I can't tell you all how much I look forward to visiting old friends and new at the upcoming AFA convention. I have a feeling that there will be lots of good cheer and happy-go-lucky fun at this get together. I, for one, am tired of the gloom and doom, cut throat, paranoid attitudes that seem to have dominated aviculture for a long time. Let's be done with that and once again enjoy and take pleasure in one another' company.
On another tack altogether, I recently had another wonderful week in the field with a group of scientists who were studying wild birds. (I'm still scratching the tick bites on my legs.) Although much field research, frankly, fails to impress me, I was well impressed with some of the work being done deep in tropical Mexico with several species of Amazon parrots. There was much more going on than I can explain here hut I can touch on one thing that I feel could eventually have practical application in aviculture.
First, to set the scene, eight or nine years ago the Center for Research on Tropical Birds based in Texas arranged for a permanent field station on a remote Mexican cattle ranch. The area is sub-tropical, still has a number of relatively wild stands of brush and forest and supports populations of at least three species of Amazon parrots.
This wild place, over the years, has been field headquarters for a number of scientists who have pursued their studies, often to satisfy the requirements for a doctorate in their own specialty.
One of the studies that is mixed and mingled with several others, seemed to me to be of special interest to aviculture. The scientists are sure that the local Amazon parrots that have young in the nest feed their babies only a twice a day - once in the morning and again in die afternoon. If one of me feedings is disturbed or aborted, die parents do not make another attempt to do that feeding. The kids go to bed hungry. The question is why are these babies fat and healthy and have growth rates that approximate those for handreared captive babies that are fed every three or four hours around the clock' Good question.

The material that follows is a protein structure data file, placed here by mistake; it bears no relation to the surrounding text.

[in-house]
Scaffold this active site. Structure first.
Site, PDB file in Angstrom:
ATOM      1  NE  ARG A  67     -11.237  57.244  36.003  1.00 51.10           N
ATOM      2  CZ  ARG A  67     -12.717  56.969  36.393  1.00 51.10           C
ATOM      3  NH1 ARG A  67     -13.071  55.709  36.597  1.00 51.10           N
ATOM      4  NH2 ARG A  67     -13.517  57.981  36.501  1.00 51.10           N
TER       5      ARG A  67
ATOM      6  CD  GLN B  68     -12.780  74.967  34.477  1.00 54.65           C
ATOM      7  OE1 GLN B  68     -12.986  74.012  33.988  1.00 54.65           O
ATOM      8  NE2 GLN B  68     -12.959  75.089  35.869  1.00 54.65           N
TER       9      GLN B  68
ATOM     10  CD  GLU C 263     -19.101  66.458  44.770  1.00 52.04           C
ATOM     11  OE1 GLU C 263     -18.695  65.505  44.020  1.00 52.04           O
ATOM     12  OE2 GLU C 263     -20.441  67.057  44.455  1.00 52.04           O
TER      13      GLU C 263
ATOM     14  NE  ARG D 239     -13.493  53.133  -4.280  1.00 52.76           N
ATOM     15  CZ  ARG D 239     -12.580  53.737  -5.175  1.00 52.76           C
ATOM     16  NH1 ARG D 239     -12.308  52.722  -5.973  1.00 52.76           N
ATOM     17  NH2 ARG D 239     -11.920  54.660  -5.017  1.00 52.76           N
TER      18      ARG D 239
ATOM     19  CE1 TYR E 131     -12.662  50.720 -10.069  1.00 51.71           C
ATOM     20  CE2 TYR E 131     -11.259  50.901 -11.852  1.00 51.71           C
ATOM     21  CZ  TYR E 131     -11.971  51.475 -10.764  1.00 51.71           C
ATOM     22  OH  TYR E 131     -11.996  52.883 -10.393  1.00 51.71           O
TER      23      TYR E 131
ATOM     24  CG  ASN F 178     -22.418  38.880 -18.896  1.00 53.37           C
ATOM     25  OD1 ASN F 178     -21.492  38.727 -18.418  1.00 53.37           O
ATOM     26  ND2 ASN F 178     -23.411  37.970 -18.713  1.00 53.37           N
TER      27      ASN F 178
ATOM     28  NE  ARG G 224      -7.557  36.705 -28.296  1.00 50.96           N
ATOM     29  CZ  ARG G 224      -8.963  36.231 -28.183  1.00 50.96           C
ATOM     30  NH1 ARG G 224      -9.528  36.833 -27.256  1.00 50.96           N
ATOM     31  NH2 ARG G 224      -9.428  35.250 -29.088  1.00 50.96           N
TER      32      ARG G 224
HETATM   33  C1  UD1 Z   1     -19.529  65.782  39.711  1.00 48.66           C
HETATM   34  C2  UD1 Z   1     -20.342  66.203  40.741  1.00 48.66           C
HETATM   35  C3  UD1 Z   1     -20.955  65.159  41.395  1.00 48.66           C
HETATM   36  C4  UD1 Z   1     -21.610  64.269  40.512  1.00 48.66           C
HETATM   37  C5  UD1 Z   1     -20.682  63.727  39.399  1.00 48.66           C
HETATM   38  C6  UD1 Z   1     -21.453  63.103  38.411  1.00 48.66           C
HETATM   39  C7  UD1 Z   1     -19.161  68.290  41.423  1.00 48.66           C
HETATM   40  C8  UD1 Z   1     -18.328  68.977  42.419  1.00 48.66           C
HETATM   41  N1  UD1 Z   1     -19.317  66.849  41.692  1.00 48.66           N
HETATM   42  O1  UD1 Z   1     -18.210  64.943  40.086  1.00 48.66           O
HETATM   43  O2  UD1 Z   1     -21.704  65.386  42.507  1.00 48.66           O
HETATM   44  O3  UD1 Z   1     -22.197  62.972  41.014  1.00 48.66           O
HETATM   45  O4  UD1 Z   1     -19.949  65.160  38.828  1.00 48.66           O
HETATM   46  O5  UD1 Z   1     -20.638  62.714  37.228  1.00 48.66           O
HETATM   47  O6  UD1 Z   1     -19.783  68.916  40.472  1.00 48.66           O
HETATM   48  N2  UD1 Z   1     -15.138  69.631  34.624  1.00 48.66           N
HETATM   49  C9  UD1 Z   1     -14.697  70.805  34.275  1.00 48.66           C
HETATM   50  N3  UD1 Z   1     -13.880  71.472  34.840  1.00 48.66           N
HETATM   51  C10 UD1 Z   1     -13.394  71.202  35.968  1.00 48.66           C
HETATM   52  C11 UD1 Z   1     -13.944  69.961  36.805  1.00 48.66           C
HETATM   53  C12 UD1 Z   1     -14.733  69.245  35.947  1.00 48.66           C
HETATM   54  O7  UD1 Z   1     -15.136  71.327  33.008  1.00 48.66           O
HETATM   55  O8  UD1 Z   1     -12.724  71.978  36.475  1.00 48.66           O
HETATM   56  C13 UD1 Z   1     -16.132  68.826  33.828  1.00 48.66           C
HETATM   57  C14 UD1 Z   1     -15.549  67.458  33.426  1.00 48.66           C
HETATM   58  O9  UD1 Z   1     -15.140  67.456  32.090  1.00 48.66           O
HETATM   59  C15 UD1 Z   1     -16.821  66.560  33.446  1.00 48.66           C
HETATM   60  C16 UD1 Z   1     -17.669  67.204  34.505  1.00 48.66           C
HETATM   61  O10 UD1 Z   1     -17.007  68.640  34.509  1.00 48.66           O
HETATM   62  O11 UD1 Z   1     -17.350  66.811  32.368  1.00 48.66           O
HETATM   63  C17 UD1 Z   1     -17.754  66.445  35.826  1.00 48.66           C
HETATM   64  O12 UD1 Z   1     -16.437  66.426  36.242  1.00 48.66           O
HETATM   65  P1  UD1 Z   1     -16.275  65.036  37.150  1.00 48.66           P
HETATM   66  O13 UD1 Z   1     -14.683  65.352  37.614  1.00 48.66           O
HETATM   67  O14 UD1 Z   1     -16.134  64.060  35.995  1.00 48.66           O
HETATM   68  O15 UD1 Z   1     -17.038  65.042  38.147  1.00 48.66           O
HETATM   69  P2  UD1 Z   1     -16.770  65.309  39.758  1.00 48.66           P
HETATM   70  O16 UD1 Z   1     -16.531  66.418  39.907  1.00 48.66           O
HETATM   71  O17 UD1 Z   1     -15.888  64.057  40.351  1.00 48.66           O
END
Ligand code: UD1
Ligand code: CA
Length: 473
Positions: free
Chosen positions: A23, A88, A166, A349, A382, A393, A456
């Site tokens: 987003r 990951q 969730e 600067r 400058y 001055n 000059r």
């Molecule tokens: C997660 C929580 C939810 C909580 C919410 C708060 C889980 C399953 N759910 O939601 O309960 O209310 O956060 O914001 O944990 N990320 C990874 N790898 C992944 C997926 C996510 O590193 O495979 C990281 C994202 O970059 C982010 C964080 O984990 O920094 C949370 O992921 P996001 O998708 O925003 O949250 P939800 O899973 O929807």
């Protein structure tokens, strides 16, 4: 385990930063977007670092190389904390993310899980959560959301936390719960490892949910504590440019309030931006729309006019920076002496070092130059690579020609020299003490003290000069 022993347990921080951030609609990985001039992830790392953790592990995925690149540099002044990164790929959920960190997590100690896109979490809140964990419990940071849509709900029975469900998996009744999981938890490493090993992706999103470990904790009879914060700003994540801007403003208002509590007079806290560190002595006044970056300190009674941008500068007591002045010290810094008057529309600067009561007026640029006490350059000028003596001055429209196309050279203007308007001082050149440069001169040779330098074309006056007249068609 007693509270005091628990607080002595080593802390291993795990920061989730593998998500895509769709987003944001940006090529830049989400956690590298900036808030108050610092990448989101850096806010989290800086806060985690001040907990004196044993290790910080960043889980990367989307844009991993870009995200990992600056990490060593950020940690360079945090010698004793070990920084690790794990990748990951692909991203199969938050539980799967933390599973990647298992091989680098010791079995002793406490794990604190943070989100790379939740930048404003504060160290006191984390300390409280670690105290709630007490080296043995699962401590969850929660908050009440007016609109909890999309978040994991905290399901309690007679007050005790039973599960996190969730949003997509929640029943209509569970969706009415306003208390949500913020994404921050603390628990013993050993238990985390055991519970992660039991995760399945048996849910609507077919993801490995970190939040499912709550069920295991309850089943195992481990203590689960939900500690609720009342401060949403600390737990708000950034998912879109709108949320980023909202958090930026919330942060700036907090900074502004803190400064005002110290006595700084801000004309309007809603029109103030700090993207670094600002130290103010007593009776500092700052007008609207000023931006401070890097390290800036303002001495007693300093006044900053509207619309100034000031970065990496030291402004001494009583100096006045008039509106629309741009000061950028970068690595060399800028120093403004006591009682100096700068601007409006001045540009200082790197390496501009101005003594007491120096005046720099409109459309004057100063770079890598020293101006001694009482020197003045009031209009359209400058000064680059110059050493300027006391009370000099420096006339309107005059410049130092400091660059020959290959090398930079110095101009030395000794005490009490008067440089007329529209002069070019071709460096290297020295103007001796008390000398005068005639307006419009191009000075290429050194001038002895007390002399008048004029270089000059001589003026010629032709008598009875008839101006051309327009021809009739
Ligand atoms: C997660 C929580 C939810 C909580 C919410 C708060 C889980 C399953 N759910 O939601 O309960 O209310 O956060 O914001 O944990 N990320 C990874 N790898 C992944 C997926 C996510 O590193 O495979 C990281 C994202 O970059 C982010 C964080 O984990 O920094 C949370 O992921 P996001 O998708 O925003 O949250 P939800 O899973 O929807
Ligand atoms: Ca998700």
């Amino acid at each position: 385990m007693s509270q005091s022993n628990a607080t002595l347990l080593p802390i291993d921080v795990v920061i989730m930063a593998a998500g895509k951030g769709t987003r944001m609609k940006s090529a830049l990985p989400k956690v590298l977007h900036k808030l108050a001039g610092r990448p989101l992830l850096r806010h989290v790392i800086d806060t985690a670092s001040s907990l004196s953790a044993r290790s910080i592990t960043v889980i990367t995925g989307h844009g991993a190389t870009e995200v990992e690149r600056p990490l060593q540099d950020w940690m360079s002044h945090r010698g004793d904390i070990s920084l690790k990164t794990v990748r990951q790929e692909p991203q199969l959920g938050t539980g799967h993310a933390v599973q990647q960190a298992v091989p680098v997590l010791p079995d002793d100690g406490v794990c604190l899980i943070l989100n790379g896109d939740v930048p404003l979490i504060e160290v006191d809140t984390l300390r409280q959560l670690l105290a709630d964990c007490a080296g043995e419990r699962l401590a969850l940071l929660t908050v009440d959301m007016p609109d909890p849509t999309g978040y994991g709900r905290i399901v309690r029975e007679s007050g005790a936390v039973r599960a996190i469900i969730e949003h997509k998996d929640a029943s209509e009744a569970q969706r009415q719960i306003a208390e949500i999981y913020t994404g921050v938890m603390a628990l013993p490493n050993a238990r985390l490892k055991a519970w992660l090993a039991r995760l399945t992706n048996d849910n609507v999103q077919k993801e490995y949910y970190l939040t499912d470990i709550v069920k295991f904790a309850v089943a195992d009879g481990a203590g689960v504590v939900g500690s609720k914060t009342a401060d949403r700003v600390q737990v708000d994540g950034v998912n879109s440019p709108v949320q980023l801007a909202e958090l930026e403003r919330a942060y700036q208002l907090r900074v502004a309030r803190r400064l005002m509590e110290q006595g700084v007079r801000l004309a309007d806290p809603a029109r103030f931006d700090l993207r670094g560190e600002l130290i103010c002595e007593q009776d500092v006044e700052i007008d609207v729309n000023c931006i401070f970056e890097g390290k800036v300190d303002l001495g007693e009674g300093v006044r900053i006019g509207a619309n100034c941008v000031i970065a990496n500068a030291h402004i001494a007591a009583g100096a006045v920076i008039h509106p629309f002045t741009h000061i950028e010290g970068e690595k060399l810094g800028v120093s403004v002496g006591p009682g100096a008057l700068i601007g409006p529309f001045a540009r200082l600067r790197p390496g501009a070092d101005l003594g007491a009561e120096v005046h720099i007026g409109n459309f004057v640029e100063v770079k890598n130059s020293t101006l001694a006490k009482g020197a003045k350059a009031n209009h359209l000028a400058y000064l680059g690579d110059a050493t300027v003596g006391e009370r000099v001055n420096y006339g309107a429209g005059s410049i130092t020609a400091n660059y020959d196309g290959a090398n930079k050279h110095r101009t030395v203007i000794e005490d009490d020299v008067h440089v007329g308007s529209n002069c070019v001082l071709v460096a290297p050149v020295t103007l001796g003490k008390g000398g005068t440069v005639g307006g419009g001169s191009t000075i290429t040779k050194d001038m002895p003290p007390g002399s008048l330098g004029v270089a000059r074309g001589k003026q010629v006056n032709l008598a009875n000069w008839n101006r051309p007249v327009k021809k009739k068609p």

To learn more about this phenomenon, Kaytee Products Inc. (a commercial member of the AFA) has supported this research for several years by providing funds and sending its own scientists into the field periodically to work with the biologists. It was my good fortune to meet Randal N. Brue, Ph.D., and S. Blake Hawley, D.V.M., both
from Kaytee, in the field taking food samples for laboratory analysis directly from the crops of bahy Amazons. While the babies were in their hands they also weighed them and took cloaca! swabs. My suggestion that they squeeze the babies in the midclle to get food and fecal samples at the same time was ignored.
Now it seems to me that this sort of field research is very valuable and may prove beneficial to future aviculture. Of course, perhaps nothing at all will come of this effort. But the effort must be done or we'll never know.
The reason I even mention the field work now is that so few of you seem to realize just how important field research can be. Granted, not every program has a relevance to aviculture. Even I don't really care how much gas wild bovines expel daily and how it affects the ozone layer. Some studies, though, may be of vital importance to current aviculture - sometimes for political reasons, sometimes for knowledge gained that will apply directly to the captive care of our hirds, and sometimes for both.
A case in point is the AFA's own field research on the Red-fronted Macaws in Bolivia. It seems to me that this project is important for all the right reasons. It is important to the birds themselves as it should give us a better understanding of their true status and a better awareness of what, if any, management efforts might be helpful. The well being of the species remains uppermost in my mind as a reason for any research in the first place.
An important second reason is the overall health of the AFA itself. If we are perceived as merely another consumer group, we will he stigmatized falsely and put under even more political pressure. Pure and simple transferring birds from the wild to the wire cages is not acceptable, yet that is how may uninformed folks see aviculture - even though that era no longer exists. It is necessary that we engage in scientifically sound conservation practices to keep and enhance our legitimacy in a world ever more conscious of the pressures on the wild creatures of the earth.
The AFA has two very valid efforts underway, the Red Siskin Project and the Red-fronted Macaw project. Both are worthy of funding. Even I, your humble and very poor servant, have responded to Bob Berry's request for funds for these two worthy projects. I coughed up my fifty bucks. Where is yours?»